The influence of religion on man over the centuries and its close links to the art world have led religious buildings to become an instrument and reflection of culture, representing models and building techniques from each époque. Man has always been concerned with producing works of art directly related with his religious beliefs, with architectonic, sculptor and pictorial representations acquiring greater protagonism; loaded with symbolism.
Muslims lived in our region and subsequently Christian populations, which have left most relics of their culture, both civil and religious. The most significant places of worship are churches and hermitages that occupied the sites of mosques and rabitas. Almost all the churches and hermitages date back to 16th century when Christianity was imposed on the Kingdom of Granada and mosques were replaced with churches in order to regulate the worship of the new State. These buildings could be categorised into Mudejar artistic style, an artistic expression resulting from the fusion of Christian elements and Muslim art (especially construction materials and decorative elements)
The churches and hermitages of the Lecrin Valley are places of historical-monumental interest, not only because they are well preserved, but also because they constitute an important source of information for the study of our most recent past. If you walk through the Lecrin Valley, you must take time to visit these places.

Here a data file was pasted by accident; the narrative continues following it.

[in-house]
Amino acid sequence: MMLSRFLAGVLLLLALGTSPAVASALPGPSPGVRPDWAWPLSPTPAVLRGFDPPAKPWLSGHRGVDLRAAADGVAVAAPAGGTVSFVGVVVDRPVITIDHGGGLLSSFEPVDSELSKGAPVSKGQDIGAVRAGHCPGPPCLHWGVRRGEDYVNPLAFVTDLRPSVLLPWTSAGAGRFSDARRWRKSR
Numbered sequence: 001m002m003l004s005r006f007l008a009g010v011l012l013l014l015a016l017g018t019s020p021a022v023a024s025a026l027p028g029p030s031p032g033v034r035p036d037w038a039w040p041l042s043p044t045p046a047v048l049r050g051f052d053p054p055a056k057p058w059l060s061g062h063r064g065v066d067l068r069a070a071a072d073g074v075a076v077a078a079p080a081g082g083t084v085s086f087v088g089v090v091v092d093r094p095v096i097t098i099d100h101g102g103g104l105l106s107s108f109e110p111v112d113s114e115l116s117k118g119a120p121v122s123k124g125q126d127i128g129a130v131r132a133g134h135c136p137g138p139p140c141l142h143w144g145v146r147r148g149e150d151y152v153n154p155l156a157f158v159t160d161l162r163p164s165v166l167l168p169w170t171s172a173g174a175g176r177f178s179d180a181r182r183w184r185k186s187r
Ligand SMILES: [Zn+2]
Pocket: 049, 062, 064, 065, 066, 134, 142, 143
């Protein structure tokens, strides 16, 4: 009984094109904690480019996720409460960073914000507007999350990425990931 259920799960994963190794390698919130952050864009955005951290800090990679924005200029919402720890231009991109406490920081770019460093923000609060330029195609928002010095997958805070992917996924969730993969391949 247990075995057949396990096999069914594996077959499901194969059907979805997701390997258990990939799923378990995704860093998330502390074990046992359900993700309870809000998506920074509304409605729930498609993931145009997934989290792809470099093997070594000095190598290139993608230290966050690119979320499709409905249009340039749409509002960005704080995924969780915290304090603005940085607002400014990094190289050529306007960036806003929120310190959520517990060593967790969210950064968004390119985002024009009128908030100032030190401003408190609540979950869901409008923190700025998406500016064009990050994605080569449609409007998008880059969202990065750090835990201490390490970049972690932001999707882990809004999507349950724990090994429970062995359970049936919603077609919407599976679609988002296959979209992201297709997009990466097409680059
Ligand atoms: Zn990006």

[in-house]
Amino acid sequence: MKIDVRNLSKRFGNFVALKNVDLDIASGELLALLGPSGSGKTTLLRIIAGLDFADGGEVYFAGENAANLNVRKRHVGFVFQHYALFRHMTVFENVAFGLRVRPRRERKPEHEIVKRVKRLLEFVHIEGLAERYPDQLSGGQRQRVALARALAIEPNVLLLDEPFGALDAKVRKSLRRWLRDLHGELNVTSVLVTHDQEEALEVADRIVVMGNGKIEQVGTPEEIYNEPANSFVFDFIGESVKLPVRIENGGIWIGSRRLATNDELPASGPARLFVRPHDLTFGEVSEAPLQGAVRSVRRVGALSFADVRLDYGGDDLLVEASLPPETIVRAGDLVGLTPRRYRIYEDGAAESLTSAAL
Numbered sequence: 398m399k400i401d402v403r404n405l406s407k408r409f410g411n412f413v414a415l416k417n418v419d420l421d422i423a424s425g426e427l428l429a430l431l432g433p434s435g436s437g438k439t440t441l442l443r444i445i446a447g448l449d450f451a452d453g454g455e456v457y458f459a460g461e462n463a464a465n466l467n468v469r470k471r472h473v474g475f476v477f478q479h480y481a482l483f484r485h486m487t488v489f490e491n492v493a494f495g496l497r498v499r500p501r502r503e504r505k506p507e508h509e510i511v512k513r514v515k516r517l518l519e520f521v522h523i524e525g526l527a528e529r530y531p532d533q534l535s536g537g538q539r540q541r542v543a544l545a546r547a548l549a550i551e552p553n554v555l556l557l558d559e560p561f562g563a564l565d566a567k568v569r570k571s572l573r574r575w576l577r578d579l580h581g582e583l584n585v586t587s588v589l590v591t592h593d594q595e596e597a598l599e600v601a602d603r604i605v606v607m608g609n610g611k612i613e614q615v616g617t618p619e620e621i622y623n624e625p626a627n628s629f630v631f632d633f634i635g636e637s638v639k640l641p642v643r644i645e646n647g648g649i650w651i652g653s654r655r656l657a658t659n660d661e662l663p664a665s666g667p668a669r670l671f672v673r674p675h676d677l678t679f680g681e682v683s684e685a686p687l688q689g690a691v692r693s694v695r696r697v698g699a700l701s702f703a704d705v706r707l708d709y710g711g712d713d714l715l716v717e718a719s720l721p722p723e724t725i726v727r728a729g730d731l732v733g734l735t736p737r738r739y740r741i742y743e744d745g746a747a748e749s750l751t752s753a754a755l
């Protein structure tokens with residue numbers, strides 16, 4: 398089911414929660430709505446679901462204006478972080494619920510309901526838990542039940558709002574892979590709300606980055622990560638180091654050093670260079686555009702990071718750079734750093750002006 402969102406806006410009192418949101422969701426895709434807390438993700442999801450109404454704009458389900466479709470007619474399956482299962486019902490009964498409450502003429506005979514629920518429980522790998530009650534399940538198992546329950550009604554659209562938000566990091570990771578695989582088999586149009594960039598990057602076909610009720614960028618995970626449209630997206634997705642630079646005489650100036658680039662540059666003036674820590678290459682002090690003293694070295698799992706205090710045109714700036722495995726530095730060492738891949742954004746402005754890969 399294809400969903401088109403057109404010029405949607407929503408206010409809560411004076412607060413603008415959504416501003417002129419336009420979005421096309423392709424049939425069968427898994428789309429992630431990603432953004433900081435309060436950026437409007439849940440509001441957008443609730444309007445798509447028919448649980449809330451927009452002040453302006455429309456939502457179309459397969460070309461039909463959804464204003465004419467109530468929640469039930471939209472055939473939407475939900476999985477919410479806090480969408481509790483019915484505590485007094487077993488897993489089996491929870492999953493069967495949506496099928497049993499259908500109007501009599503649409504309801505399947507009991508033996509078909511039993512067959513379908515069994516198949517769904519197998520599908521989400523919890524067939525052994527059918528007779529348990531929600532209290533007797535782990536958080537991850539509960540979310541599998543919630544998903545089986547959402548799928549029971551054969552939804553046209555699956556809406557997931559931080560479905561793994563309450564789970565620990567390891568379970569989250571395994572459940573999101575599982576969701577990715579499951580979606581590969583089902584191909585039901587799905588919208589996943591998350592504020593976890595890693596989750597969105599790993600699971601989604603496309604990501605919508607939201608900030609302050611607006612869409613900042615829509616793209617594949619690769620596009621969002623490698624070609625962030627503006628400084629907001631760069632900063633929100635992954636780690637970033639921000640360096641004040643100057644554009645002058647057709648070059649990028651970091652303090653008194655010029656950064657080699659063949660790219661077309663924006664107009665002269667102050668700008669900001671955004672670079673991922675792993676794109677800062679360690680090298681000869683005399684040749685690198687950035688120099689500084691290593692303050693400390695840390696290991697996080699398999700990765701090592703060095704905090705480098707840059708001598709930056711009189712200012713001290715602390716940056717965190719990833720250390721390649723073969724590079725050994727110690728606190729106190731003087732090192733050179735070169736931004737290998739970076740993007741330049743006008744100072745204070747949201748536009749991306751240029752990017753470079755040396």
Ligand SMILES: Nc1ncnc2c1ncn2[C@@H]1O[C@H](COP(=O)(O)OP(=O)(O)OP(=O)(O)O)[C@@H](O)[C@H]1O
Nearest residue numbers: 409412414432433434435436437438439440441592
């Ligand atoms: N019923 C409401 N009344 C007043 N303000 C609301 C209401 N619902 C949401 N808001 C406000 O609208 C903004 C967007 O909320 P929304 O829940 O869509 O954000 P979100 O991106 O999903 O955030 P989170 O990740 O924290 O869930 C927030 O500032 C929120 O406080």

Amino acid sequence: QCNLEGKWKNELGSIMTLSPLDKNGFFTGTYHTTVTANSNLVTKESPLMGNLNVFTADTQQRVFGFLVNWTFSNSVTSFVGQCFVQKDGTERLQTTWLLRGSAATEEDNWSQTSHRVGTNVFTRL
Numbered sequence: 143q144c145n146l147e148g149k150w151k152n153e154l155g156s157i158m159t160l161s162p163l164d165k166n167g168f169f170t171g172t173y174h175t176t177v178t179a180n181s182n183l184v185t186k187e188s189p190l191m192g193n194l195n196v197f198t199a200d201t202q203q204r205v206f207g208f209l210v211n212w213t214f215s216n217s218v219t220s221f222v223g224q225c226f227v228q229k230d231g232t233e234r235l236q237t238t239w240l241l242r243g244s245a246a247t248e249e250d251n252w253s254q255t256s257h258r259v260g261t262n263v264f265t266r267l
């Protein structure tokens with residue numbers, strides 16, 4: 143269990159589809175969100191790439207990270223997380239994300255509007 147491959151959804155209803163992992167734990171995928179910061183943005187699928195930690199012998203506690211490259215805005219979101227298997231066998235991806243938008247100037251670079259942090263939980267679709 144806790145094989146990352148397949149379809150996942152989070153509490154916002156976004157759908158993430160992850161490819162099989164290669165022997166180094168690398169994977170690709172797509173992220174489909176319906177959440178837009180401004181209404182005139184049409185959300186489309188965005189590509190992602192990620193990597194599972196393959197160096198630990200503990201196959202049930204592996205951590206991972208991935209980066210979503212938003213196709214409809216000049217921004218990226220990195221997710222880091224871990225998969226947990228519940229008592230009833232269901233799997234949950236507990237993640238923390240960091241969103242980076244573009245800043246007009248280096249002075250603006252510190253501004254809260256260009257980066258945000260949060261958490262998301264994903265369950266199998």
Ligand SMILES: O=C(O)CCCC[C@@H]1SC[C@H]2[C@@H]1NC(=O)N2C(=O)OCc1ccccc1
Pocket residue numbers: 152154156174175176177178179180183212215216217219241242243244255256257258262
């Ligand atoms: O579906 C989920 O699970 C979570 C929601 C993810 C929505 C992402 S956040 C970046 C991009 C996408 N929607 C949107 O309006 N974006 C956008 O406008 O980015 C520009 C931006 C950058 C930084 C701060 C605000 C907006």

The information below is an informative guide for the visitor to our region.
We shall start the tour in Nigüelas. The parish church dedicated to Saint John the Baptist was built between 1557-1563 by Jerónimo García, the carpenter Martín Moreno and the stonemason Pedro de Solórzano, although its framework had to be rebuilt between 1580-1582 by Juan López de Paniagua, due to a fire that occurred during the Moriscan rebellion of 1568.
It is rectangular and has a single nave separated from the chapel by a large semi-circular arch, this differentiates the simple framework of the nave from the honey-comb work.
The High Altar boasts an 18th century Baroque gilt, polychrome altarpiece with profuse decoration. Its structure distinguishes three vertical sections that house sculptures such as that of Saint John the Evangelist or Saint John the Baptist, the latter attributed to the master José Risueño. Furthermore, inside the temple we also find magnificent imagery with sculptures from the 16th – 20th century, as well as some valuable paintings. Being the patron saint of Nigüelas, it is worth mentioning the beautiful image of the Our Lady of Sorrows, which represents Mary seated on the throne with the lying body of her son on her lap. The author of this piece is unknown.
The church exterior is robust with brick walls and masonry, the ashlars of the corners and the two doors are Doric style: one at the foot of the temple and the other on the right side. Located on the left part of the apse is the bell tower, inherited from the previous mosque and rebuilt in 1769.
The tower of the church of Acequias is immediately visible and the church of Saint Anthony was built around 1546-1551 by the builder Pablo Hernández y Luis Navarro and the carpenter was Juan Hernández. Its floor plan is attributed to Ambrosio de Vico, architect and master of works of Granada cathedral.